As the demand for sustainable investments increases, there’s a growing risk of greenwashing, says Magnus. “The Green Bond market is growing at an incredible pace and we can’t be certain how the money is being invested due to the fact that feedback is received only after a certain period of time.” As a result, there’s a risk that bond issuers will use the invested money for a different purpose to what they originally communicated. So, there’s a need to increase transparency in the market as it relates to sustainable investing.
To encourage market interest, there have been discussions as to whether capital requirements should be lowered for those who invest in products that are classified as ‘green’. Magnus believes such incentives are a bad idea if they’re not risk-based. Lowering capital requirements for ‘sustainable’ products without a proper risk assessment will lead to financial instability in the long run.
Another complexity around this topic is the need to consider carbon pricing. There’s a large discrepancy in the market today around the future prices of carbon emissions. This means there’s a risk of inconsistent assessments of future profitability, which could mean companies receive incorrect valuations and risk ratings. This, in turn, can lead to systemic risks in the financial market, Magnus says.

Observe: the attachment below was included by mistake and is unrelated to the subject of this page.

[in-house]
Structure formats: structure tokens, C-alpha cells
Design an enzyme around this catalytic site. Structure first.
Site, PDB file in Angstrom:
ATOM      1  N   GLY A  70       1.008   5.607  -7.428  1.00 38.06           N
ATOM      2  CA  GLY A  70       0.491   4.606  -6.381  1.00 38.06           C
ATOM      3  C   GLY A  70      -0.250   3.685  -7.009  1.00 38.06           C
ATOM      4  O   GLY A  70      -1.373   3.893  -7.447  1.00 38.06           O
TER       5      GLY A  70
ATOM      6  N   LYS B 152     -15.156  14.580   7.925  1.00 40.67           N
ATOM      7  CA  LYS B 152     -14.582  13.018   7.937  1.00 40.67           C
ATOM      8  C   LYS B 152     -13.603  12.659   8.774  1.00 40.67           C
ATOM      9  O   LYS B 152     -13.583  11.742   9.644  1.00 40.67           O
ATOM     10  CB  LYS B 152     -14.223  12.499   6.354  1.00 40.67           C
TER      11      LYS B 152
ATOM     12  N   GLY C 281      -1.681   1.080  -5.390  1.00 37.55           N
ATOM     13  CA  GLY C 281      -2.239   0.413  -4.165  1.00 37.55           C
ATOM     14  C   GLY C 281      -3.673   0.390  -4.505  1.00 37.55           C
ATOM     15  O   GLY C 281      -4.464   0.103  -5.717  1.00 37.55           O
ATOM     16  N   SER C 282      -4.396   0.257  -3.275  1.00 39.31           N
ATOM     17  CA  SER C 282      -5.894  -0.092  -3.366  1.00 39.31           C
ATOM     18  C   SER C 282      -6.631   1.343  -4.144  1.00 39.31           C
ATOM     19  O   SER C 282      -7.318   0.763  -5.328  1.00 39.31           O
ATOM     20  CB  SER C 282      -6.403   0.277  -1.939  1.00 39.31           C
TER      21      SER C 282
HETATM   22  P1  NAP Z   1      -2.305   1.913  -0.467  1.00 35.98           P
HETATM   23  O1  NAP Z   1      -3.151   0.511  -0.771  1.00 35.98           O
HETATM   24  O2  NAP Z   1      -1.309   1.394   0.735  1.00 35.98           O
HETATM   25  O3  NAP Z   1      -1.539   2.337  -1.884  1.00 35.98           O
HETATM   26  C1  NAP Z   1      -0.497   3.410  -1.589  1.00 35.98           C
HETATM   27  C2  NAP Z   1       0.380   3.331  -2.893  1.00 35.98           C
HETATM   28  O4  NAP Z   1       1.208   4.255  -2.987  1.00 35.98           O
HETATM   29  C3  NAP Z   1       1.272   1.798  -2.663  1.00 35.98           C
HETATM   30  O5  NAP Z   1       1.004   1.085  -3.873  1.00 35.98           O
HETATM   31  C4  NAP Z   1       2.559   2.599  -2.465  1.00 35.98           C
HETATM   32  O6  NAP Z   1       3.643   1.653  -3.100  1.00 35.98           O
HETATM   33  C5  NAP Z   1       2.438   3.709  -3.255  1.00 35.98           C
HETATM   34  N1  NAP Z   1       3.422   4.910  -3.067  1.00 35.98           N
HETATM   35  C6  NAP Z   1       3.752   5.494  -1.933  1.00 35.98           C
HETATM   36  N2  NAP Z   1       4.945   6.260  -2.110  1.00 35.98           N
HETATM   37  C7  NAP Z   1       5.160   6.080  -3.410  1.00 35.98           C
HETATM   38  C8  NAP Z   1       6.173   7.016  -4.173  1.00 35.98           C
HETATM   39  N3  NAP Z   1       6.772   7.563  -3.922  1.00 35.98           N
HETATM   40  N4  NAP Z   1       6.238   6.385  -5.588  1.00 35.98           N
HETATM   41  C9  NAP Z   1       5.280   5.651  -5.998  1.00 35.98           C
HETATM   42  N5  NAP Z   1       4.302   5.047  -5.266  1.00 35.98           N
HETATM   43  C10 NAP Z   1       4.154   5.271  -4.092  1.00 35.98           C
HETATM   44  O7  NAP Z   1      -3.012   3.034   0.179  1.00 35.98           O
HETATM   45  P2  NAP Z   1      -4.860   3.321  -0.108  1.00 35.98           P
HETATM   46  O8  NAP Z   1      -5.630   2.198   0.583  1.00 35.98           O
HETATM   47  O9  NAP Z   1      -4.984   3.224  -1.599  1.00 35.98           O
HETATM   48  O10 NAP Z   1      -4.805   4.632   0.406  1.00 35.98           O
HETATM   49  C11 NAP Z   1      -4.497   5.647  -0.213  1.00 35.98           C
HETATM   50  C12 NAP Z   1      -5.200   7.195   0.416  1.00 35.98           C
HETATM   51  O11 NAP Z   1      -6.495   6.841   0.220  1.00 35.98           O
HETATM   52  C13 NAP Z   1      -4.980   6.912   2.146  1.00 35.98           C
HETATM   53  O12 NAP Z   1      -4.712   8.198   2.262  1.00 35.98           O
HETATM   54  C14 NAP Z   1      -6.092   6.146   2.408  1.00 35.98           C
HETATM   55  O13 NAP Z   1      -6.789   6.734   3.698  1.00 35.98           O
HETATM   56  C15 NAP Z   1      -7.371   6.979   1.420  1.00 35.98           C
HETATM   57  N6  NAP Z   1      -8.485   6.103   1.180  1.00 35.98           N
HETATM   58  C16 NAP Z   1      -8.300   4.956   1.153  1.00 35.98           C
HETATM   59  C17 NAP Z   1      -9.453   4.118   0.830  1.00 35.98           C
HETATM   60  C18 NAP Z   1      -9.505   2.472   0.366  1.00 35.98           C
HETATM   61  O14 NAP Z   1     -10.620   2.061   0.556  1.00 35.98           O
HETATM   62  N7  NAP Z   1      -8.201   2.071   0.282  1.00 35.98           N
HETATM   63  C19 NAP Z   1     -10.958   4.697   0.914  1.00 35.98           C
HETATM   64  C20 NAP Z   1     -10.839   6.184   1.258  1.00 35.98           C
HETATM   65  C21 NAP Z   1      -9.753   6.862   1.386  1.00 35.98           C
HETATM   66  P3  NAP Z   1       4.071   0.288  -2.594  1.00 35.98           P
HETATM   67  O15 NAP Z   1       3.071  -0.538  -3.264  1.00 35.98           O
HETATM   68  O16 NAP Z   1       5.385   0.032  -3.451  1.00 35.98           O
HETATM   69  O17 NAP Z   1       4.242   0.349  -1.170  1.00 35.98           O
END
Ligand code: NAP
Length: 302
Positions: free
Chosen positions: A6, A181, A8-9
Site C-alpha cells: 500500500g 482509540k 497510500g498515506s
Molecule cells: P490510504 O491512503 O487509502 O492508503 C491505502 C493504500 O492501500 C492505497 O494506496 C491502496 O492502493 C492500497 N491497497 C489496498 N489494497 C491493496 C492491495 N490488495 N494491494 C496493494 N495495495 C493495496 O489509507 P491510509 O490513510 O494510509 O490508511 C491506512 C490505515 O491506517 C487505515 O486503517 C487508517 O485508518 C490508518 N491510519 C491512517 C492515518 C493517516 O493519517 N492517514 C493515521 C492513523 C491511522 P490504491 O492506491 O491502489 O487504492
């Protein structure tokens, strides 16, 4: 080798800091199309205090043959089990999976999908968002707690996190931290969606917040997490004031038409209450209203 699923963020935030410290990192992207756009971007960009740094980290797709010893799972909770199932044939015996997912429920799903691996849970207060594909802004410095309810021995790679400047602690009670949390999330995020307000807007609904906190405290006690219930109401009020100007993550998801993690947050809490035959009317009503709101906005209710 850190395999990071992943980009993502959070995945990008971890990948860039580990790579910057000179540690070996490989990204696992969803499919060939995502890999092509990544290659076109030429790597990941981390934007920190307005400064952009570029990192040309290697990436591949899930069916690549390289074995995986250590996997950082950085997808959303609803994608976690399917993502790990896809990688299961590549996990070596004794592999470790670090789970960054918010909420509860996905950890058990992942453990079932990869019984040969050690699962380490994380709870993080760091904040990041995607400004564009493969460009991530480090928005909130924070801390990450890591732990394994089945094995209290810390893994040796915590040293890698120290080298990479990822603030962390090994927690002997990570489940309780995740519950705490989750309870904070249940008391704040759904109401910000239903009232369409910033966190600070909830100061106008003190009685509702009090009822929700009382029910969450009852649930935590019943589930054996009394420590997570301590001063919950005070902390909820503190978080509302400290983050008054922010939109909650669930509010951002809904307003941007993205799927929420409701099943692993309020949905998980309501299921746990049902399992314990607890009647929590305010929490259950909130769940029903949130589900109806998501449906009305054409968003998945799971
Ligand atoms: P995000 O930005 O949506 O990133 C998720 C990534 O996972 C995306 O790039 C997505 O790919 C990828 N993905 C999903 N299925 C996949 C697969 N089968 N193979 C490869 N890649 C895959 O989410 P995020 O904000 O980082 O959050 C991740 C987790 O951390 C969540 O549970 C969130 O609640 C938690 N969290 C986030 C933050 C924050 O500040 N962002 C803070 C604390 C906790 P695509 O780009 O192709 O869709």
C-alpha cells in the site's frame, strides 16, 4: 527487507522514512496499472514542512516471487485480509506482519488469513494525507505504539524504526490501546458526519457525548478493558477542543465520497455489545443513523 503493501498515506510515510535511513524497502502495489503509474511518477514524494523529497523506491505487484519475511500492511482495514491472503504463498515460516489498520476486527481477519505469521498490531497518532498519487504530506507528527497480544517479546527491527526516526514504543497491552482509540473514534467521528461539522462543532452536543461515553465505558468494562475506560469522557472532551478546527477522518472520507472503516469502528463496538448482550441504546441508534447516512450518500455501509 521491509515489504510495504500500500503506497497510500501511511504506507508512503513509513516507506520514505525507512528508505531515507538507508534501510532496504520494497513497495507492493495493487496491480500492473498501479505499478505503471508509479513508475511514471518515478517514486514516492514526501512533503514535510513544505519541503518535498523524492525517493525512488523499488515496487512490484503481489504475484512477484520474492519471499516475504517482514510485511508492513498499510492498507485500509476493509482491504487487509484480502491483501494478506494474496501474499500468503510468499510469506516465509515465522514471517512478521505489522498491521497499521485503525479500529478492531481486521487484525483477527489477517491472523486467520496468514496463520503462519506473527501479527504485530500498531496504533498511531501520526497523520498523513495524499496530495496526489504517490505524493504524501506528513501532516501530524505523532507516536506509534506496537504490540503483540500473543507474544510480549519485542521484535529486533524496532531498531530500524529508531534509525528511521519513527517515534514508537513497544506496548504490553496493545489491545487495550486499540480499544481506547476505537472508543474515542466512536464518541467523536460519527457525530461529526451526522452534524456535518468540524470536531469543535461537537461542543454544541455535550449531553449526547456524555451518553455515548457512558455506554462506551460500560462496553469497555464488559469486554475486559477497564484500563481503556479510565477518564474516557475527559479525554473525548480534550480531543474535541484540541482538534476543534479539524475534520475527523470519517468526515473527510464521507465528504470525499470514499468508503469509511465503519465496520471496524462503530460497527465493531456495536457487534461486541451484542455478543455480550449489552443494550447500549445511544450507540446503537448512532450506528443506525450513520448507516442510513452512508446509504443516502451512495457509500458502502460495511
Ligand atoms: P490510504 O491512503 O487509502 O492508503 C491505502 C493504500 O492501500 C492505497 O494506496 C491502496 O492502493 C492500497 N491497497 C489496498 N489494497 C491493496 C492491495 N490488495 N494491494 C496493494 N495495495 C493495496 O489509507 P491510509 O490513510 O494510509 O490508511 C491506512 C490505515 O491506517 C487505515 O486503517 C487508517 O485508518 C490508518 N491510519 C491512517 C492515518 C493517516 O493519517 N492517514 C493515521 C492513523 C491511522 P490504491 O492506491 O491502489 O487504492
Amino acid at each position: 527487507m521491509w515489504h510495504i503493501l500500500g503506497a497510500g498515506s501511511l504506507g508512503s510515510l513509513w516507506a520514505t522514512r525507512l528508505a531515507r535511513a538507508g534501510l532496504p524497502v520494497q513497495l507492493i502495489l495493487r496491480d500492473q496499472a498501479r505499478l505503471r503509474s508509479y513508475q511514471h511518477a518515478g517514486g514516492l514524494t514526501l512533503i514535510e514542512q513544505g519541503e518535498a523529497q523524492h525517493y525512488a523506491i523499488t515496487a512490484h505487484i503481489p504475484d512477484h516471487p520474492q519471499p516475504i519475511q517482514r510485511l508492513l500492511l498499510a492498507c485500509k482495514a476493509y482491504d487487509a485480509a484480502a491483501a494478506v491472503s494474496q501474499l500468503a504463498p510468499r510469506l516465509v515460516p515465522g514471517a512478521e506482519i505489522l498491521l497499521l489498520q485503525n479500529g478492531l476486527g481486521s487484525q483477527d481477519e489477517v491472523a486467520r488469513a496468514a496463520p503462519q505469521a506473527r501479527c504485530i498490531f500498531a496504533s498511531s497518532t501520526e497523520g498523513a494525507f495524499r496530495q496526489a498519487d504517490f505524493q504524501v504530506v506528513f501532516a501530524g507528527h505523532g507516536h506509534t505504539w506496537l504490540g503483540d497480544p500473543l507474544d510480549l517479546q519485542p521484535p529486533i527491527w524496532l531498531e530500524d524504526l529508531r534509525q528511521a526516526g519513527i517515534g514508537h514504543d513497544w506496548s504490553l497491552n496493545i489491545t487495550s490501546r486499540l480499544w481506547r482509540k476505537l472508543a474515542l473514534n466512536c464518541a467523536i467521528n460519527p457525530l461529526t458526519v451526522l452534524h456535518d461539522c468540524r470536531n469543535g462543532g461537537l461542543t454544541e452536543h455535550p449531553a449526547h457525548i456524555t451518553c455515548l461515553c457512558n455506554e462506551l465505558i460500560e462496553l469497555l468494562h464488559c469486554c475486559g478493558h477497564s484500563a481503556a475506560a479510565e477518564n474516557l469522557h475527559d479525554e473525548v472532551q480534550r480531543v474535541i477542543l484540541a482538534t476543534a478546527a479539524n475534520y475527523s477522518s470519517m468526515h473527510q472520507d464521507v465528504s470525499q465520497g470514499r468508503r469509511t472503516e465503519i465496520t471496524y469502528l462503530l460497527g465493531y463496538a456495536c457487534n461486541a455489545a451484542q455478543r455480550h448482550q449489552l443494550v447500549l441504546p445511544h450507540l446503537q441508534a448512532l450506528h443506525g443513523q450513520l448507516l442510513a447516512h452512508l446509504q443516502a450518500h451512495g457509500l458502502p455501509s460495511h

“We’re well on our way to getting investors to steer capital towards more sustainable investments.”
Under the Paris Agreement, countries are aiming to keep the increase in global average temperatures below 2°C compared to pre-industrial levels. A total of 184 countries have ratified the Paris Agreement and more than 40 governments are pursuing policies that will increase carbon prices, either through taxes or cap-and-trade programmes that put a cap on carbon emissions aggregated per market and permit the trading of emissions allowances.